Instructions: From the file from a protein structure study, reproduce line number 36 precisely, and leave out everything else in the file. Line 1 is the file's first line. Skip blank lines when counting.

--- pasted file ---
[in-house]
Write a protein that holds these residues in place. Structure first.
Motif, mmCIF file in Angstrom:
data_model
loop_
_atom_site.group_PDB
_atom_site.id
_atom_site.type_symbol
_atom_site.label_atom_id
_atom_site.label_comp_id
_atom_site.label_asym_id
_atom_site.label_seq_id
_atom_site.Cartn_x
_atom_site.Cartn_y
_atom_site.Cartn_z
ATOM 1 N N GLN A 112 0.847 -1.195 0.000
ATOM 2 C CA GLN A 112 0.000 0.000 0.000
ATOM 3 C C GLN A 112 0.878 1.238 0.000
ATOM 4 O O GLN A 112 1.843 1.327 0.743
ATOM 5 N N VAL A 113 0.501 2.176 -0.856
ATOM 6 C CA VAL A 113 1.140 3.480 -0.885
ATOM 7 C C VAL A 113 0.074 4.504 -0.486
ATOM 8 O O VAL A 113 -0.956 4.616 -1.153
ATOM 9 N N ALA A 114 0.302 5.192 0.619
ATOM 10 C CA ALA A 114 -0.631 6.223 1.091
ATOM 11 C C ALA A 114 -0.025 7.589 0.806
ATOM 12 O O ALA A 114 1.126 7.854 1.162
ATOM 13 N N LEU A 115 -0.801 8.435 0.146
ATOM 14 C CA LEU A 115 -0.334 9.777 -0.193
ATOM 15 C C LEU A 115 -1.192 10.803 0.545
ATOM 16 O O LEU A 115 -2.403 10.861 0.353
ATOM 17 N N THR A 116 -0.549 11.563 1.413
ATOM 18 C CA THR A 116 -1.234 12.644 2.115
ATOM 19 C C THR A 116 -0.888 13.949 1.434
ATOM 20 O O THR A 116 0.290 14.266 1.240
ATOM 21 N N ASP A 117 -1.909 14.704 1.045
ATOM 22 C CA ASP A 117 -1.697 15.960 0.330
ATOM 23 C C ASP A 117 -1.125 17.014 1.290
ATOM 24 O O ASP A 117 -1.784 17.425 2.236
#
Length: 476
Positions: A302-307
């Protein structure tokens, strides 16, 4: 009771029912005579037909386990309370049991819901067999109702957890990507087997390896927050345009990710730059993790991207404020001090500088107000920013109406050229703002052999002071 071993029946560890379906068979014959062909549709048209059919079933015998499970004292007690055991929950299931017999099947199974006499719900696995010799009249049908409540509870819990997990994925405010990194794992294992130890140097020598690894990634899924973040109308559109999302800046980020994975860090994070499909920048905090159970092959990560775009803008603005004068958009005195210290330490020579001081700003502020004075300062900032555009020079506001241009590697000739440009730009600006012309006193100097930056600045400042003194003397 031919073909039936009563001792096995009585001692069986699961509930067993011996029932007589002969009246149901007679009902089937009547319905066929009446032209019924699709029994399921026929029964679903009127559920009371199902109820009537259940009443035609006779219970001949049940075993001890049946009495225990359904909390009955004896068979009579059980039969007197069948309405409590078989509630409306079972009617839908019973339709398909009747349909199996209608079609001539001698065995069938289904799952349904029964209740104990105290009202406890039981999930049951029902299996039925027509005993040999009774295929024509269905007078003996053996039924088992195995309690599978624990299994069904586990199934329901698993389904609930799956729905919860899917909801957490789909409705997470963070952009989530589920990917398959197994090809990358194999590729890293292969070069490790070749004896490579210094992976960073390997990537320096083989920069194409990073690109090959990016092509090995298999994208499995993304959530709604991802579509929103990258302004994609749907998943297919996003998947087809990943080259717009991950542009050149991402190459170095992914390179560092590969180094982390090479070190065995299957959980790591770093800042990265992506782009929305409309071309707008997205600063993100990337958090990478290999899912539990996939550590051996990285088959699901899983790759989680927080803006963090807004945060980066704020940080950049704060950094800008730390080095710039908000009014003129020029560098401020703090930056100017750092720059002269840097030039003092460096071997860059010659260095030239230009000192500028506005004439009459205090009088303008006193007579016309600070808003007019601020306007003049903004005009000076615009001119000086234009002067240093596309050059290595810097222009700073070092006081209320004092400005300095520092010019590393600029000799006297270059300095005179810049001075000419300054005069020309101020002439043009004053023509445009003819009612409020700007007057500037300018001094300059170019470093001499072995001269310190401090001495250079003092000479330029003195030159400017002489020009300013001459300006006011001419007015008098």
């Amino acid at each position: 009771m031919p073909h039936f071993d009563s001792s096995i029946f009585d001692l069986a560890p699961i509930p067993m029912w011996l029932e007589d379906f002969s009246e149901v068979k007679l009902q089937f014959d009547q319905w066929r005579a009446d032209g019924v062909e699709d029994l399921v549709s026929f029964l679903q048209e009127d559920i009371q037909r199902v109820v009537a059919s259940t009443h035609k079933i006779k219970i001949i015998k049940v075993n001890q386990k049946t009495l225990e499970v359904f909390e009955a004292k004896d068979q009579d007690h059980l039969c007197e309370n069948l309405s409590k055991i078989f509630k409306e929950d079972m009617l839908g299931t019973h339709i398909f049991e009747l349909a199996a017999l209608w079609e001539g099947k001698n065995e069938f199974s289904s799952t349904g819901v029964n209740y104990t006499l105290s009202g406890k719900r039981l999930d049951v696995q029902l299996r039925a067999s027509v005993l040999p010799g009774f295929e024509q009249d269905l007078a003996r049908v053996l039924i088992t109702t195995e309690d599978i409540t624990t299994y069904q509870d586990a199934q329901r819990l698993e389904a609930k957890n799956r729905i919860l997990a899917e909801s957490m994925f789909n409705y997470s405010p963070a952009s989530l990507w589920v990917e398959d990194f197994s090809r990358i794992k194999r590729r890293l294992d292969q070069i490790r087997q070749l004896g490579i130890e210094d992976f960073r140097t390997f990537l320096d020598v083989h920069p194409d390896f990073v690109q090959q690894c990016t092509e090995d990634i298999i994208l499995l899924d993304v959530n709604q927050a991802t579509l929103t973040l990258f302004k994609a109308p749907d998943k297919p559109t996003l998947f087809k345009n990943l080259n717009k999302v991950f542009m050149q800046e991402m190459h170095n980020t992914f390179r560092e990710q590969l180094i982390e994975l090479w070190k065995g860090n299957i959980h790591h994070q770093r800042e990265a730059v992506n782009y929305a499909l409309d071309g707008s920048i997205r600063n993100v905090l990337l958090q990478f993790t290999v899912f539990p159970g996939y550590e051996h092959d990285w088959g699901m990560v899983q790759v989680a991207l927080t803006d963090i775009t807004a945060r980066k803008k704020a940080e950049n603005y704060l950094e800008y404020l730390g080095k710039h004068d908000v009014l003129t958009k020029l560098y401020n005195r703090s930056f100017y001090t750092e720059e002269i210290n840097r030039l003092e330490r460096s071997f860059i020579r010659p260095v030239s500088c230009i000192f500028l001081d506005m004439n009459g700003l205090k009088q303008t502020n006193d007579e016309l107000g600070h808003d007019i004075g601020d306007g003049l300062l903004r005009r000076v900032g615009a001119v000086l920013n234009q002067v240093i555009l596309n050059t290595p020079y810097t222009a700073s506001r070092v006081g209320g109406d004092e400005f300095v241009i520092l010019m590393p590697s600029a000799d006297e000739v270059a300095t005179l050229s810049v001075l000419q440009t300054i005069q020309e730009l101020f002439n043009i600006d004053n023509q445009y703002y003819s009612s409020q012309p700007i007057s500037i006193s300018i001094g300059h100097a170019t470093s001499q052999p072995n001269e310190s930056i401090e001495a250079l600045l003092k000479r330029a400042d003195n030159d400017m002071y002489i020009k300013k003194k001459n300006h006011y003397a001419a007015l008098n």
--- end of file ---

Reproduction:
ATOM 21 N N ASP A 117 -1.909 14.704 1.045